Anyone who knows me knows that I have a clear preference for ease, and easy. Given the choice, I’d far rather stay at a spa than go camping! And I’ve never subscribed to the notion that we needed to toughen our kids up so that they’d be more able to face the world. My sense is that life, with all its wonders, brings us face to face with plenty of painful challenges – each one inviting us to respond and grow.

  Sometimes these invitations come to us in ways that are direct and harder to side-step – receiving a diagnosis, or being in a car crash for example. Other times they’re less obvious. The learning here can be just as powerful, but in these more subtle challenges, it’s easier to step over or minimize them and as a result miss our opportunity for growth.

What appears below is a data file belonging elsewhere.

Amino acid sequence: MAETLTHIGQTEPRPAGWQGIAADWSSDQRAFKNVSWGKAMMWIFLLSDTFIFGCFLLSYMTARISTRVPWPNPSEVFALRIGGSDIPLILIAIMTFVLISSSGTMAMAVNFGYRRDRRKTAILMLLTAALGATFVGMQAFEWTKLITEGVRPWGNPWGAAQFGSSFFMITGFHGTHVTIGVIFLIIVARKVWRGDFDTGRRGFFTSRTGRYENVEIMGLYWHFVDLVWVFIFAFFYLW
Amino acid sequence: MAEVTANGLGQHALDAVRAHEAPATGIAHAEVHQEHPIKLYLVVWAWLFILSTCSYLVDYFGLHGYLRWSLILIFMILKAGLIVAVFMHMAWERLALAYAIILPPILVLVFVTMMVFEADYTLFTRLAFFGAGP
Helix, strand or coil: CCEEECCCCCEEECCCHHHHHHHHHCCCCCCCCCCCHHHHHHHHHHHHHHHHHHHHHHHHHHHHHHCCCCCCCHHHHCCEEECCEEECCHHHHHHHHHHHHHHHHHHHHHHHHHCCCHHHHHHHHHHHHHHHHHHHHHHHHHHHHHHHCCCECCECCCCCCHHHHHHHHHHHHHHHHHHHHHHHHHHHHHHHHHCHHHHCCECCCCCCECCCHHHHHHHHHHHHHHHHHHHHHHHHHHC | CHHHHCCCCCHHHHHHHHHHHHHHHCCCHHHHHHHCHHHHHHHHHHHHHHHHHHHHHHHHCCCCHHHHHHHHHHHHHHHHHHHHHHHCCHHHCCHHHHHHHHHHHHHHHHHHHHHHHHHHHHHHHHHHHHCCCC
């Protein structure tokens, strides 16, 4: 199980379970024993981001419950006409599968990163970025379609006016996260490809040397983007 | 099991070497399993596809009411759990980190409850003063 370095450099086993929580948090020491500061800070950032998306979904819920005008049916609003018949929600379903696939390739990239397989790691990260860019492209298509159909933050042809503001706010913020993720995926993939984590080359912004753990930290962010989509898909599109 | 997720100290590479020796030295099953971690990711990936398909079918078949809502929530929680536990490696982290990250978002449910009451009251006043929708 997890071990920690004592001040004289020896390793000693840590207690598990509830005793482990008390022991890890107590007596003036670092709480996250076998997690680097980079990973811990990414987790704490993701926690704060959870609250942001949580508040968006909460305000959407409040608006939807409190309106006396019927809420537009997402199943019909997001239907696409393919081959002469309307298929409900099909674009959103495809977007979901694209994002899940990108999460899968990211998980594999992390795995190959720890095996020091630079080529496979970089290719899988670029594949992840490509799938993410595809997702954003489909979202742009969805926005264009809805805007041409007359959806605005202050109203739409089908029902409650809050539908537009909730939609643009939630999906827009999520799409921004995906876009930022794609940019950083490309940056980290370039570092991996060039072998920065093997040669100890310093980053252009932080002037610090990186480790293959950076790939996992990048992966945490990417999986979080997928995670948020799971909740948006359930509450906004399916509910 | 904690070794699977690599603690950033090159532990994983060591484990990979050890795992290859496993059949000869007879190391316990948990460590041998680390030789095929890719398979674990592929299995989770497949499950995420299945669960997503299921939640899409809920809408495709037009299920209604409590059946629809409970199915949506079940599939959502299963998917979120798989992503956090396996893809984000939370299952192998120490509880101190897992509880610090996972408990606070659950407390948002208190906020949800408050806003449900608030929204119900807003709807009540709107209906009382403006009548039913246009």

As much as I love ease, I can hear the voice of my teacher Katherine Woodward Thomas calling to us “Embracing everything, turning away from nothing!”

There’ve been plenty of times in my life when I have turned away from uncomfortable experiences. Saying “yes” to any of life’s invitations to be present to pain is a profoundly courageous (and often counter-intuitive) choice. But as I’ve engaged this practice it truly has led to a more powerful experience of freedom and possibility.

Israeli and Palestinian flags
and the words peace in Arabic and Hebrew